Related Reading: CSEN Factsheet - The Sahel

Cover Factsheet Sahel


Words without action

The increasing number of high-level meetings at the AU and UN affirm the acceptance that climate change is a vital component of stability in the Sahel. And it is increasingly clear to those paying attention that to have any sustainable impact on peace, stabilisation efforts need to be more focused on addressing climate change-related security risks and inequality. But so far, these high-level words of support are not reaching stabilisation missions on the ground.

There is hope. Capacities exist and knowledge can be tapped. For example, the UN has a Climate Security Mechanism with readily available tools and approaches to assess climate security risks. The AU has a Continental Early Warning System with capacities for highly context specific risk analysis. There is much scope for enhanced operational responses through cross-learning and cooperation across both endeavours. There is also much to be gained from collaborating on climate-fragility risk assessments and sharing of information from relevant third parties such as think tanks. Finally, both the AU and the UN can learn from each other to better include climate-security within mediation processes and include climate-related security risks in the evaluation, analysis and assessment and identification of mission challenges, operations and mission management.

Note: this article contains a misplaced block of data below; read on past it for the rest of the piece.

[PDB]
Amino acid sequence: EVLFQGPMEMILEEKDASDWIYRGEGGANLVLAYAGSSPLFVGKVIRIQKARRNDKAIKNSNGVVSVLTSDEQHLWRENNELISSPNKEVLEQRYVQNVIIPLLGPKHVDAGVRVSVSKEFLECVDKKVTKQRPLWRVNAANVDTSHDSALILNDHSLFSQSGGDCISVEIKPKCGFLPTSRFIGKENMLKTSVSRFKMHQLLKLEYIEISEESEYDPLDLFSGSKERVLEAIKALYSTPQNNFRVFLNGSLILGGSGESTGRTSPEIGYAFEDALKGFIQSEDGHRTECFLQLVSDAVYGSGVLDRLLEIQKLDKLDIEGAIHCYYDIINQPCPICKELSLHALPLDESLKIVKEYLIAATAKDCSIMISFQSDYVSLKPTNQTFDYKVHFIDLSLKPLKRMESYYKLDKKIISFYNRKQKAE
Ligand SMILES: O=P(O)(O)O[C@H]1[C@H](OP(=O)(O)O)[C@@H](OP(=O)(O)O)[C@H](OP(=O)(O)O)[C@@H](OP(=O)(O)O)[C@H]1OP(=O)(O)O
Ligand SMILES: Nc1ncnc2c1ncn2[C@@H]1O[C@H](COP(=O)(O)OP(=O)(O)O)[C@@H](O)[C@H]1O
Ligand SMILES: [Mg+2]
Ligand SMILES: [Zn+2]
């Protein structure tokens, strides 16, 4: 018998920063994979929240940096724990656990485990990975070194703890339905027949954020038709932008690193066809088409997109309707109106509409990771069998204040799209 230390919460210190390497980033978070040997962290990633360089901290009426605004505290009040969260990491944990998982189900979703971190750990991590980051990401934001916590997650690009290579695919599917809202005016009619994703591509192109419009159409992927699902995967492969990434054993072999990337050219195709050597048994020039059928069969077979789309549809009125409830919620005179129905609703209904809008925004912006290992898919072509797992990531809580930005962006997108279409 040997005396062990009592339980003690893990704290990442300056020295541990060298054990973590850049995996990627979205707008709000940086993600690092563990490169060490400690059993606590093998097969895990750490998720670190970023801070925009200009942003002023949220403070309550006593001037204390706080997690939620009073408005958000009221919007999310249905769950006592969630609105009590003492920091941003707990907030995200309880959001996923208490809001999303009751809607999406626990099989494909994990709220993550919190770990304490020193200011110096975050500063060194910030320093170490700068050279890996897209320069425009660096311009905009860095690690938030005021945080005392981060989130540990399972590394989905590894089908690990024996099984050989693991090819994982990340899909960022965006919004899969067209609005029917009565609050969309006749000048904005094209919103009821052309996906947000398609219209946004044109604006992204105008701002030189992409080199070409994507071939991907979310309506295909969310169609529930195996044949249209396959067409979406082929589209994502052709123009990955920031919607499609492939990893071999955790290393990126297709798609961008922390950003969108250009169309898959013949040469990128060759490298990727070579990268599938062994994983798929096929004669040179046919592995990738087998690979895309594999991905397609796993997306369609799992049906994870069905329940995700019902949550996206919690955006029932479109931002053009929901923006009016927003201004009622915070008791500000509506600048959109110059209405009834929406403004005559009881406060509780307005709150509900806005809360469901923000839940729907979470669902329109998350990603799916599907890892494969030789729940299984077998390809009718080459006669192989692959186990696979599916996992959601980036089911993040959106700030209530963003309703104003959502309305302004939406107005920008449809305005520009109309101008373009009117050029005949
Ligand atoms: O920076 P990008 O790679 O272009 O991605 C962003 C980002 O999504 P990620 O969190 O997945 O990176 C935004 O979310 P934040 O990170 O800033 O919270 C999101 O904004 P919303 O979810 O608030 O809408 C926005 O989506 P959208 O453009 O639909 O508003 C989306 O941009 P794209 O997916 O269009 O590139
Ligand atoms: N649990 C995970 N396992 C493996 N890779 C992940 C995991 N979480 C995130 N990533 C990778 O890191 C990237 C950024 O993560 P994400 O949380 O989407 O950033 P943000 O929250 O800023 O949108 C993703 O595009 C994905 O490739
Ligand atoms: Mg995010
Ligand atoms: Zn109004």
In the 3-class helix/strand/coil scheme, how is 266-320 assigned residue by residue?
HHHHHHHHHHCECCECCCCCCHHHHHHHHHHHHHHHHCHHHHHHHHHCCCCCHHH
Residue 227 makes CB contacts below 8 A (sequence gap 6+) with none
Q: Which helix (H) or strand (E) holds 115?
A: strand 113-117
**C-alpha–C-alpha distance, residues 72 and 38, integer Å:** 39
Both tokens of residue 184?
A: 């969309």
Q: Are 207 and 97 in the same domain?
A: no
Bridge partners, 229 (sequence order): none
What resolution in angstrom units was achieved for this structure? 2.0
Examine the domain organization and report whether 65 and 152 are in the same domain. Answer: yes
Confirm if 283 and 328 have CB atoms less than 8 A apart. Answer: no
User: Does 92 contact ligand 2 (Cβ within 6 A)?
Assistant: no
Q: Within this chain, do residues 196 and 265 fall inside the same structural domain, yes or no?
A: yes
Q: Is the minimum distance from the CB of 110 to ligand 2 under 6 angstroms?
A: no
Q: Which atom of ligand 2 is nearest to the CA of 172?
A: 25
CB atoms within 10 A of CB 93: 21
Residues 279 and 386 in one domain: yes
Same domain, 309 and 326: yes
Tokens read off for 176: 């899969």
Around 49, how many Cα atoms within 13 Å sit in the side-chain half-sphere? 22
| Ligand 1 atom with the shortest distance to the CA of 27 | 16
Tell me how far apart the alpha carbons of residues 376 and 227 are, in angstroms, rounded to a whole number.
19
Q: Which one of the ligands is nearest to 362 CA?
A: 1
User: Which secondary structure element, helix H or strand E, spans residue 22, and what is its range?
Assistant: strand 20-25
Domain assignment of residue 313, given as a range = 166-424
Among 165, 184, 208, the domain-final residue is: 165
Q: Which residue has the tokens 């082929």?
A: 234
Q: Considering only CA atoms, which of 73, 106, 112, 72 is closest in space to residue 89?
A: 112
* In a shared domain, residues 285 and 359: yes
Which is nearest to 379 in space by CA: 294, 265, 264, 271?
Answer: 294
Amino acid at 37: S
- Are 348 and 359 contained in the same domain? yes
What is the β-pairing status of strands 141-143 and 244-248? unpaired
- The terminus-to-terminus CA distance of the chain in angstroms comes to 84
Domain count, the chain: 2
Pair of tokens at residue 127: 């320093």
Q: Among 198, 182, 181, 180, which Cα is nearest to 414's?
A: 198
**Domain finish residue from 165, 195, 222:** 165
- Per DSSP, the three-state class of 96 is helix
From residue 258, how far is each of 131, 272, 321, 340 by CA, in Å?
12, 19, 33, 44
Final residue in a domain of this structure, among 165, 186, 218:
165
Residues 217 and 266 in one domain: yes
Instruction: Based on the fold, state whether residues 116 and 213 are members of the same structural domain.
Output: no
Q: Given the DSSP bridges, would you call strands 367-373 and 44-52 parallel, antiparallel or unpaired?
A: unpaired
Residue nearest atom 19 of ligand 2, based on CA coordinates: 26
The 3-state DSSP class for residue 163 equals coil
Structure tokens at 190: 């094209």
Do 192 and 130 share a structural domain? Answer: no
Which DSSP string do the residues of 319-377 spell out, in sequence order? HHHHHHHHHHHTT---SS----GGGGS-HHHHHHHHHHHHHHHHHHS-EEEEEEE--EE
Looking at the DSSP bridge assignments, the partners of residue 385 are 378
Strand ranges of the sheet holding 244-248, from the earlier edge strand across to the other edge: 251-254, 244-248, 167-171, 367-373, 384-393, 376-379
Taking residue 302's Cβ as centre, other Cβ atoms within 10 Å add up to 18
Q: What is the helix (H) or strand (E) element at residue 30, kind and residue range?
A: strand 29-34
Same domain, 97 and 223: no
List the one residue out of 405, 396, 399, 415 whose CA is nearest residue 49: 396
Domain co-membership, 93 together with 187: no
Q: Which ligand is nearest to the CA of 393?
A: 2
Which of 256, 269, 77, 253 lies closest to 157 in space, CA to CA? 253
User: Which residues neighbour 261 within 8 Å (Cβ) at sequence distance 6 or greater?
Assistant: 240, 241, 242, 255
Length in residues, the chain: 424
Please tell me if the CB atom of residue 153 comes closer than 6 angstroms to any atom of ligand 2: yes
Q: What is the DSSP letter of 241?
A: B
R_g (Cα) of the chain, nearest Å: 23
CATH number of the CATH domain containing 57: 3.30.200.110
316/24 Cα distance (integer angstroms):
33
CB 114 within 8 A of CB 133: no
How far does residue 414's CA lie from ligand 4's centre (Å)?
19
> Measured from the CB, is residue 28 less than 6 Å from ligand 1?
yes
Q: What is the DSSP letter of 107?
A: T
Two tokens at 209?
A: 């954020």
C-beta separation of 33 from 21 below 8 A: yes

Climate change may not be the single biggest factor affecting the evolving prospects of the Sahel region, however it should be seen as a major obstacle to peace that can worsen existing conflicts and compound situations of fragility. Conflict and fragility in the region weaken countries’ ability to adapt to the impacts of climate change, potentially setting in motion a self-reinforcing conflict trap.

Climate course correction

There is an urgent need for a climate security course-correction for stabilisation efforts in the Sahel. Current research shows how security matters, poverty, exclusion, and the impacts of climate change must be dealt with holistically. Strengthened mandates for peace operations which explicitly include climate change risks are an important step towards what is needed. But mandates are only a part of it. Without the requisite incentives and resources, already stretched peace missions will struggle to take action. What is needed are investments in climate change risk analysis as part of civilian, conflict prevention and mediation efforts. Here the AU and the UN could enhance each other’s efforts by comparing notes and sharing expertise. Effectively integrating climate security risks into stabilisation and peace operations are a critical means to achieve the very urgent end of bringing stability to the Sahel. Without such a course correction, current stabilisation efforts are unlikely to weather the risks facing the region.